The Channel logo

News

By | Jan Libbenga 7th August 2006 13:52

Court stops resale of software licenses in Germany

Oracle wins infringement suit

A German court has upheld a decision by a lower court in Munich which banned the resale of used software licenses.

The Appellate Court of Munich ruled last week that the sale of used software licenses to third parties in Germany is illegal, at least in the case of software from Oracle.

Oracle had sued usedSoft GmbH, a Munich company that transferred software license rights to third parties. The software giant said it was very pleased with the ruling.

In 2000, a German Federal Supreme Court decided that a manufacturer's "first sale" of a license for software on tangible media (such as a CD ROM or DVD) subsequently limits the manufacturer's right to restrict the resale of the media with the software under certain preconditions. That prompted a thriving business of used software licenses, which were often used to create new copies via illegal downloads.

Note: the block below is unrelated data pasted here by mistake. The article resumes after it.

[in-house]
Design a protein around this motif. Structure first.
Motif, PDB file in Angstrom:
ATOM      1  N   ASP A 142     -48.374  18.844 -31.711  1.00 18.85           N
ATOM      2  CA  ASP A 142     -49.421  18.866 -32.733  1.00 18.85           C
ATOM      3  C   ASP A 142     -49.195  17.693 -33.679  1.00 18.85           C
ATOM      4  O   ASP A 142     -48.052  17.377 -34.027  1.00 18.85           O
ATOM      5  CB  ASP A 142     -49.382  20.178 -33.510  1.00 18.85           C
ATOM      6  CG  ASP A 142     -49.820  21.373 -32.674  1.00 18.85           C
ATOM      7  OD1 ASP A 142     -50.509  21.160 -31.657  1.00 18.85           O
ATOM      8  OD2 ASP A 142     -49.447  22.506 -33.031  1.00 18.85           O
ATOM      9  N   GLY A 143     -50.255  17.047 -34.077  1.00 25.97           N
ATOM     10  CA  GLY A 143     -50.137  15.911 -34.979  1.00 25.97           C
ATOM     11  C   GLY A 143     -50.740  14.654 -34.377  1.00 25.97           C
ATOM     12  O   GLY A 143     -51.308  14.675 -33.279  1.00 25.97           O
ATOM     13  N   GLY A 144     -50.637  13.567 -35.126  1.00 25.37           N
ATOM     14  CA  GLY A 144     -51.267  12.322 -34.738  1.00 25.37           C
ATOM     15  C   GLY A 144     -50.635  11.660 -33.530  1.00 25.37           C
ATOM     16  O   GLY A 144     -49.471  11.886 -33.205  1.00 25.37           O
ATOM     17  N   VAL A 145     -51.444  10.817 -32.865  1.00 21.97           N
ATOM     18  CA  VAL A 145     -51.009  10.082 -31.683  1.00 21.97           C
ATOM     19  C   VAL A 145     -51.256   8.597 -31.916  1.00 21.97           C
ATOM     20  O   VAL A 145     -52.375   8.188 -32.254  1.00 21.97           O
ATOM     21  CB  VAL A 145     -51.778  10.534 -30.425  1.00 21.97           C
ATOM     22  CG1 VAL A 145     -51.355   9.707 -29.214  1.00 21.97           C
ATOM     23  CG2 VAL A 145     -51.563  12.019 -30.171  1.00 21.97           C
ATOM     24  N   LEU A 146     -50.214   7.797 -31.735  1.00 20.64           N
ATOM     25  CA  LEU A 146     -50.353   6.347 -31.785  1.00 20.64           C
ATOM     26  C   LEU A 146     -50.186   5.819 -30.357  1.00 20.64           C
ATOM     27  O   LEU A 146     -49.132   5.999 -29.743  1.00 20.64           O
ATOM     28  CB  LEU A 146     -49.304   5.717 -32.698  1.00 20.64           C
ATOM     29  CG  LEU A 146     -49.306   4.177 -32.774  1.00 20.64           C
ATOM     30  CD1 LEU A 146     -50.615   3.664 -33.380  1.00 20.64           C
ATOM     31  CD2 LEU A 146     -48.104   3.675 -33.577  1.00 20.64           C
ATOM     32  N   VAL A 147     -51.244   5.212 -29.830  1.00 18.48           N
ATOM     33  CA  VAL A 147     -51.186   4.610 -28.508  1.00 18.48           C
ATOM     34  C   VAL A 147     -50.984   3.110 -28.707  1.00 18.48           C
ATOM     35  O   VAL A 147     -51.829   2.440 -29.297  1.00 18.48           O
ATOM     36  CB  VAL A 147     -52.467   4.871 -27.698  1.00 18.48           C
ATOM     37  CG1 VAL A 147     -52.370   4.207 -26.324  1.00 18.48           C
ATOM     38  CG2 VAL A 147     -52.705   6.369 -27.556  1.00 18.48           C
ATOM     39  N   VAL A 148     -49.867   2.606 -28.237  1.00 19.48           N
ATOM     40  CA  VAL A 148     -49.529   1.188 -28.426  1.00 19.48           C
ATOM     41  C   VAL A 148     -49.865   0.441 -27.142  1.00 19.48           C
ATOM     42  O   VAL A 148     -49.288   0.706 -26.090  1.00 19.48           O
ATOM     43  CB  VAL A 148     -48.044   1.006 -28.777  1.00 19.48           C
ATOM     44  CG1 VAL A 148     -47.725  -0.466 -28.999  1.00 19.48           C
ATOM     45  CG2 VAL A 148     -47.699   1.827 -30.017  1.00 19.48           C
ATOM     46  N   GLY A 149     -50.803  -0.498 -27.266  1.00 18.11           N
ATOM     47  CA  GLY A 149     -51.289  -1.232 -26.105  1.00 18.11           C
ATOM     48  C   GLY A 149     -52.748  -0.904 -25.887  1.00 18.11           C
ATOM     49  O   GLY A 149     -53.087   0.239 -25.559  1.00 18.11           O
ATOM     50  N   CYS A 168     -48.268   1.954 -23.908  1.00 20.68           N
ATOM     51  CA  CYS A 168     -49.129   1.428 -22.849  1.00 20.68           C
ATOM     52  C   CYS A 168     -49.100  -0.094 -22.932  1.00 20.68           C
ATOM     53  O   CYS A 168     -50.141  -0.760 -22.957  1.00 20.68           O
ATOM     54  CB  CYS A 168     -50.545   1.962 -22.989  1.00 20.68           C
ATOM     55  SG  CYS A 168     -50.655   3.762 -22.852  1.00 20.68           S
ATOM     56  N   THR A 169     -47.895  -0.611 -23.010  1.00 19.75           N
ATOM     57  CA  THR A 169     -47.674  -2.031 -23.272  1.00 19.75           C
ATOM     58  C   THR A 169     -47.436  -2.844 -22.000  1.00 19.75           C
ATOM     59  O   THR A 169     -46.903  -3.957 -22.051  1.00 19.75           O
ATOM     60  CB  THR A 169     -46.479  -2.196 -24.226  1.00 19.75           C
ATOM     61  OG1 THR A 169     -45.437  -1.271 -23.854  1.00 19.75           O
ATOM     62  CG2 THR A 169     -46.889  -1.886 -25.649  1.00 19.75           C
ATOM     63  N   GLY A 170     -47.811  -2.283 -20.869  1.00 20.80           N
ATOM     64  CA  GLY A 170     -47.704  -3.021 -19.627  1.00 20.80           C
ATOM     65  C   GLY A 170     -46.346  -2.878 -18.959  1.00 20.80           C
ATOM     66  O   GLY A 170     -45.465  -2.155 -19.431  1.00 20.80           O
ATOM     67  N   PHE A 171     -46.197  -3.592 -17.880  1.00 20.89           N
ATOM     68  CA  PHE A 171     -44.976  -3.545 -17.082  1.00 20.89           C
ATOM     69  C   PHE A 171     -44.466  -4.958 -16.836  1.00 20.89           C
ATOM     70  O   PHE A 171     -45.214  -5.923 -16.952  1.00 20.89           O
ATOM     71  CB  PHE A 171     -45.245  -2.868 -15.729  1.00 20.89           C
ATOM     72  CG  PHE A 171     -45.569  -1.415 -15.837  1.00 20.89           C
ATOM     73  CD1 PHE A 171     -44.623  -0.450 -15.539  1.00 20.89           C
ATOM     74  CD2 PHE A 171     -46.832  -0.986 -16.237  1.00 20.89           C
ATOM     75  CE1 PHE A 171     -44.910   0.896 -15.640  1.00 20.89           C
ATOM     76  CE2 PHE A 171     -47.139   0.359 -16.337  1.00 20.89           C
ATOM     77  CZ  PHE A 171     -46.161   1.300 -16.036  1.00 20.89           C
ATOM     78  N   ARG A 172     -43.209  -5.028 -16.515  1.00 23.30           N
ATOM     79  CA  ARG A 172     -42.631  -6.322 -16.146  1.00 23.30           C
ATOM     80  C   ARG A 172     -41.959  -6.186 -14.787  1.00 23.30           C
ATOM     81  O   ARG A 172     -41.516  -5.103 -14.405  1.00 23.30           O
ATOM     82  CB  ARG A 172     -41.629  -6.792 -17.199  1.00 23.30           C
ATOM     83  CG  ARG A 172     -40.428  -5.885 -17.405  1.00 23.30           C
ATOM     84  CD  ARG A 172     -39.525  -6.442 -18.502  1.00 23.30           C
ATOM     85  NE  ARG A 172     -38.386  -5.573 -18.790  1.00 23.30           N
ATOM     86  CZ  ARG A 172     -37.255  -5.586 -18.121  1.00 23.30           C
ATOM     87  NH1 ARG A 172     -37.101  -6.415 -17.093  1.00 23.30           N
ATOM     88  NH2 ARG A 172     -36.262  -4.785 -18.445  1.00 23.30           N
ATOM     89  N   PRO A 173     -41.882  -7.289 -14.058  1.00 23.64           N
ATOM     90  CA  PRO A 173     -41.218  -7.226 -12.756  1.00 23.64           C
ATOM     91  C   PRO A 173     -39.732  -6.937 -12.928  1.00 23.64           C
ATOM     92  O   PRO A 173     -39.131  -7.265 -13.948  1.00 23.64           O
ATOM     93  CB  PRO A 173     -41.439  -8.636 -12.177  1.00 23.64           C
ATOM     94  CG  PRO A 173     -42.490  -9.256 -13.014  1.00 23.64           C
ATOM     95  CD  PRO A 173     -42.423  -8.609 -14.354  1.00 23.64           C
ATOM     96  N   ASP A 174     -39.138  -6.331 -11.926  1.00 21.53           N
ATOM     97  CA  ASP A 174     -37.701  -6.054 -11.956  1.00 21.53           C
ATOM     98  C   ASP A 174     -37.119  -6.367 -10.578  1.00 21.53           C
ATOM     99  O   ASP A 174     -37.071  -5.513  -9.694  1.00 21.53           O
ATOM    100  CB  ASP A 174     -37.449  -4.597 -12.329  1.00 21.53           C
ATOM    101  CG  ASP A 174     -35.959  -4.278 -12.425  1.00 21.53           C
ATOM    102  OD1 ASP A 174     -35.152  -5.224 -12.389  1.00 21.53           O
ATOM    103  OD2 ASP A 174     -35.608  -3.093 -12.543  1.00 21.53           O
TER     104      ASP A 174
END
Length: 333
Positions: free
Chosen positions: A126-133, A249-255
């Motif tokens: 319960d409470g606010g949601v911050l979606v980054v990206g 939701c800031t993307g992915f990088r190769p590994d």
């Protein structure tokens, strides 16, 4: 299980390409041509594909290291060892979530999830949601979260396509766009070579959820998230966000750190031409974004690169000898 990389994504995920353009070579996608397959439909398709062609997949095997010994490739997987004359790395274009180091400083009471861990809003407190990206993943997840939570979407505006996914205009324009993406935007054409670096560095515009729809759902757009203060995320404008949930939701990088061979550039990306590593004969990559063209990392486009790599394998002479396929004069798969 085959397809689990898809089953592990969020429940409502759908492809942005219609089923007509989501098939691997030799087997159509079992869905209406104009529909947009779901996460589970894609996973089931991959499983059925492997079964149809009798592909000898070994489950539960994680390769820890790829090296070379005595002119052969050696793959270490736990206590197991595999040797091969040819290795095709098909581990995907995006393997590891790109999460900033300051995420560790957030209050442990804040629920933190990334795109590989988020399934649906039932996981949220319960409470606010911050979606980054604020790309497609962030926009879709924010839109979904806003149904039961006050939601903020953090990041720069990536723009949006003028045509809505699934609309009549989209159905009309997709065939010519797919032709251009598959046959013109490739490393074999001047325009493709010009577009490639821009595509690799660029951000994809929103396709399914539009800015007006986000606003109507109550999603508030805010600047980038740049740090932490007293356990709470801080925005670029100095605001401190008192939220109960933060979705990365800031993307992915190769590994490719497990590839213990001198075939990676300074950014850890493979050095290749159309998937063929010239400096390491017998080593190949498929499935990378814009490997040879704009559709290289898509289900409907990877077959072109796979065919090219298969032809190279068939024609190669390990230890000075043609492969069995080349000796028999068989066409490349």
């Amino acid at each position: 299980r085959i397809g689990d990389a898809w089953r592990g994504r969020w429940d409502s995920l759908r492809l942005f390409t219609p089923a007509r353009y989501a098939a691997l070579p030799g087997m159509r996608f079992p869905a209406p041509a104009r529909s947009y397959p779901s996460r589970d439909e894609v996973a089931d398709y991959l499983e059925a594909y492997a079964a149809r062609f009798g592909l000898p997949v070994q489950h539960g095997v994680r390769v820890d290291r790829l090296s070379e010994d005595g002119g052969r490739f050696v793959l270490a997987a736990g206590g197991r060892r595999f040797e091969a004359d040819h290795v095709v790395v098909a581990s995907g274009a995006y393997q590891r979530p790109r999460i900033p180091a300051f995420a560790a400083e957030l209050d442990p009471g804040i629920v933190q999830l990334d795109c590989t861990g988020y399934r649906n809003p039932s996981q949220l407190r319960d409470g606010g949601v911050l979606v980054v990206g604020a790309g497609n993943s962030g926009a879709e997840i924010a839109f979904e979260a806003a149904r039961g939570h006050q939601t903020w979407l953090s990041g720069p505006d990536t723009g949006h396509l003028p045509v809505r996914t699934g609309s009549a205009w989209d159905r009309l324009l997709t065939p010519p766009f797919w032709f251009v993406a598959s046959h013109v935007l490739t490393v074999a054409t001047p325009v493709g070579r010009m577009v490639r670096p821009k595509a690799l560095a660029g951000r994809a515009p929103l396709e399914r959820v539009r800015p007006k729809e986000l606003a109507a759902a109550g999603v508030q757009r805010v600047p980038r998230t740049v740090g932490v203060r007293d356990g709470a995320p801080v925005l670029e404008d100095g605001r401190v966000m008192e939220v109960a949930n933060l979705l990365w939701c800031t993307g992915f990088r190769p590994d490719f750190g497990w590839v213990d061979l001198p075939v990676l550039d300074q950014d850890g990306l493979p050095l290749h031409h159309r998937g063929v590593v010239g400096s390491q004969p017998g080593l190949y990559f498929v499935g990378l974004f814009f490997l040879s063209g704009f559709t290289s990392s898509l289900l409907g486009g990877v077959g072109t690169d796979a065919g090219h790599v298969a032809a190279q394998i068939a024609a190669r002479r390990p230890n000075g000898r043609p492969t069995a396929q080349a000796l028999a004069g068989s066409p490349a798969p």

Now, a legal basis for this business model no longer exists, Oracle says. Although usedSoft has posted the ruling on its website, it hasn't made clear if it is going to appeal. ®

alert Send corrections

Opinion

Baby looks taken aback/shocked/affronted. Photo by Shutterstock

Kat Hall

Plans for 2 million FTTP connections in next four years 'not enough'
Microsoft CEO Satya Nadella
Stranded_ships

Chris Mellor

Thousands of layoffs announced as spinning rust enters its death spiral

Features

STRASBOURG, JUNE 29, 2016: The seat of the European Parliament. by Marco Aprile for shutterstock. EDITORIAL USE ONLY
Plan b, image via Shutterstock
EU workers, new markets: post-Brexit pressure on May & Co
Tough question, pic via Shutterstock
Honest mistake with your licensing? Audit police look at it on a 'case by case basis'